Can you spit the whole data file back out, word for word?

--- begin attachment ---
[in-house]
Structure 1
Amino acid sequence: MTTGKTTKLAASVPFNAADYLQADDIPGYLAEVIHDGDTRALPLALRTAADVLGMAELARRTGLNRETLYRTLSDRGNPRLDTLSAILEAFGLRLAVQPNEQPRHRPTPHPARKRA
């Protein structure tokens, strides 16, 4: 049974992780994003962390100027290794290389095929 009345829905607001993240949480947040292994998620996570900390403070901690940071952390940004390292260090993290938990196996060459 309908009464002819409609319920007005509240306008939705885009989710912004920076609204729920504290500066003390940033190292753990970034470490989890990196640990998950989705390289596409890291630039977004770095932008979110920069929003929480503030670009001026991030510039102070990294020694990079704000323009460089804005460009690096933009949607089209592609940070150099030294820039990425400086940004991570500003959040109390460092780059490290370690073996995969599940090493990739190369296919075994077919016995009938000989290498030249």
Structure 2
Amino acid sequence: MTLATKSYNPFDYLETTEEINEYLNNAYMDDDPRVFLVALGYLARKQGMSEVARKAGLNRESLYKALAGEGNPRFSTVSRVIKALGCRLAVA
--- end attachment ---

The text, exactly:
[in-house]
Structure 1
Amino acid sequence: MTTGKTTKLAASVPFNAADYLQADDIPGYLAEVIHDGDTRALPLALRTAADVLGMAELARRTGLNRETLYRTLSDRGNPRLDTLSAILEAFGLRLAVQPNEQPRHRPTPHPARKRA
């Protein structure tokens, strides 16, 4: 049974992780994003962390100027290794290389095929 009345829905607001993240949480947040292994998620996570900390403070901690940071952390940004390292260090993290938990196996060459 309908009464002819409609319920007005509240306008939705885009989710912004920076609204729920504290500066003390940033190292753990970034470490989890990196640990998950989705390289596409890291630039977004770095932008979110920069929003929480503030670009001026991030510039102070990294020694990079704000323009460089804005460009690096933009949607089209592609940070150099030294820039990425400086940004991570500003959040109390460092780059490290370690073996995969599940090493990739190369296919075994077919016995009938000989290498030249």
Structure 2
Amino acid sequence: MTLATKSYNPFDYLETTEEINEYLNNAYMDDDPRVFLVALGYLARKQGMSEVARKAGLNRESLYKALAGEGNPRFSTVSRVIKALGCRLAVA